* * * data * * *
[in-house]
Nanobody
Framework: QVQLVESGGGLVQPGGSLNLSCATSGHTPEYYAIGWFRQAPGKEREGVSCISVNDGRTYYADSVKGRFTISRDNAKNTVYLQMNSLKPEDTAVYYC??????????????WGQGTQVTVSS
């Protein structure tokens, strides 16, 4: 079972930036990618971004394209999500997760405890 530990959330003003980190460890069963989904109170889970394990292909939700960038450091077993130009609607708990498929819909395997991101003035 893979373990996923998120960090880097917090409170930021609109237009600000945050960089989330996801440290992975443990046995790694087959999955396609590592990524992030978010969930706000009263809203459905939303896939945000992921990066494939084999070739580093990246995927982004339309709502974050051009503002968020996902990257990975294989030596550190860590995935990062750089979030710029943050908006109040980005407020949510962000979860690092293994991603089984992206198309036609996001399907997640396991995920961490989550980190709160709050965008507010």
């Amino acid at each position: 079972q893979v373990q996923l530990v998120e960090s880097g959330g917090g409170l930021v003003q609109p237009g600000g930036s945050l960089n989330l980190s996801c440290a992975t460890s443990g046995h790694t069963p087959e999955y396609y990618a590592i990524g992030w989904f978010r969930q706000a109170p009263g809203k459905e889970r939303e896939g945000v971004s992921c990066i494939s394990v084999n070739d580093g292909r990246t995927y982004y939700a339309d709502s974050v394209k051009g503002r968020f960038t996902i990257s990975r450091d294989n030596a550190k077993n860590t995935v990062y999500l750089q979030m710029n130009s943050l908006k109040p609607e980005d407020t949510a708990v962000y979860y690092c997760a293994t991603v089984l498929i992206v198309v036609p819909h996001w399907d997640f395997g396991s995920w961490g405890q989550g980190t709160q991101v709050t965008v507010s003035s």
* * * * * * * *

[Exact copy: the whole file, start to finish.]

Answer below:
[in-house]
Nanobody
Framework: QVQLVESGGGLVQPGGSLNLSCATSGHTPEYYAIGWFRQAPGKEREGVSCISVNDGRTYYADSVKGRFTISRDNAKNTVYLQMNSLKPEDTAVYYC??????????????WGQGTQVTVSS
């Protein structure tokens, strides 16, 4: 079972930036990618971004394209999500997760405890 530990959330003003980190460890069963989904109170889970394990292909939700960038450091077993130009609607708990498929819909395997991101003035 893979373990996923998120960090880097917090409170930021609109237009600000945050960089989330996801440290992975443990046995790694087959999955396609590592990524992030978010969930706000009263809203459905939303896939945000992921990066494939084999070739580093990246995927982004339309709502974050051009503002968020996902990257990975294989030596550190860590995935990062750089979030710029943050908006109040980005407020949510962000979860690092293994991603089984992206198309036609996001399907997640396991995920961490989550980190709160709050965008507010």
């Amino acid at each position: 079972q893979v373990q996923l530990v998120e960090s880097g959330g917090g409170l930021v003003q609109p237009g600000g930036s945050l960089n989330l980190s996801c440290a992975t460890s443990g046995h790694t069963p087959e999955y396609y990618a590592i990524g992030w989904f978010r969930q706000a109170p009263g809203k459905e889970r939303e896939g945000v971004s992921c990066i494939s394990v084999n070739d580093g292909r990246t995927y982004y939700a339309d709502s974050v394209k051009g503002r968020f960038t996902i990257s990975r450091d294989n030596a550190k077993n860590t995935v990062y999500l750089q979030m710029n130009s943050l908006k109040p609607e980005d407020t949510a708990v962000y979860y690092c997760a293994t991603v089984l498929i992206v198309v036609p819909h996001w399907d997640f395997g396991s995920w961490g405890q989550g980190t709160q991101v709050t965008v507010s003035s």